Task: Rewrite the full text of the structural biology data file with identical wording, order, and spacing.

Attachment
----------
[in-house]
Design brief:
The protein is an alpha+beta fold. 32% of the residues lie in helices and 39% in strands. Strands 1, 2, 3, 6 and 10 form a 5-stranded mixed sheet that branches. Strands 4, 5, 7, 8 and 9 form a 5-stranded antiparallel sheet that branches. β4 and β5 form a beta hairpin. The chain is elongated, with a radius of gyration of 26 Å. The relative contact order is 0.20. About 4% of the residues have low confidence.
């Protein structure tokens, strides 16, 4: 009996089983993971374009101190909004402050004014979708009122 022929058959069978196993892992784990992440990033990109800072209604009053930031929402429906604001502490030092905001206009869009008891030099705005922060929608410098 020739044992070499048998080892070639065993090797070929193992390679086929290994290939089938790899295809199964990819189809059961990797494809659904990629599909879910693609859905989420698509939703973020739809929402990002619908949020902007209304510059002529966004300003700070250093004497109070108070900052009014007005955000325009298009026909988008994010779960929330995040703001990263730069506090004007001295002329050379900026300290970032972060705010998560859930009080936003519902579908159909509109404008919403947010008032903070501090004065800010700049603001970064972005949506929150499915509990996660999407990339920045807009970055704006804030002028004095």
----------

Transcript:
[in-house]
Design brief:
The protein is an alpha+beta fold. 32% of the residues lie in helices and 39% in strands. Strands 1, 2, 3, 6 and 10 form a 5-stranded mixed sheet that branches. Strands 4, 5, 7, 8 and 9 form a 5-stranded antiparallel sheet that branches. β4 and β5 form a beta hairpin. The chain is elongated, with a radius of gyration of 26 Å. The relative contact order is 0.20. About 4% of the residues have low confidence.
């Protein structure tokens, strides 16, 4: 009996089983993971374009101190909004402050004014979708009122 022929058959069978196993892992784990992440990033990109800072209604009053930031929402429906604001502490030092905001206009869009008891030099705005922060929608410098 020739044992070499048998080892070639065993090797070929193992390679086929290994290939089938790899295809199964990819189809059961990797494809659904990629599909879910693609859905989420698509939703973020739809929402990002619908949020902007209304510059002529966004300003700070250093004497109070108070900052009014007005955000325009298009026909988008994010779960929330995040703001990263730069506090004007001295002329050379900026300290970032972060705010998560859930009080936003519902579908159909509109404008919403947010008032903070501090004065800010700049603001970064972005949506929150499915509990996660999407990339920045807009970055704006804030002028004095």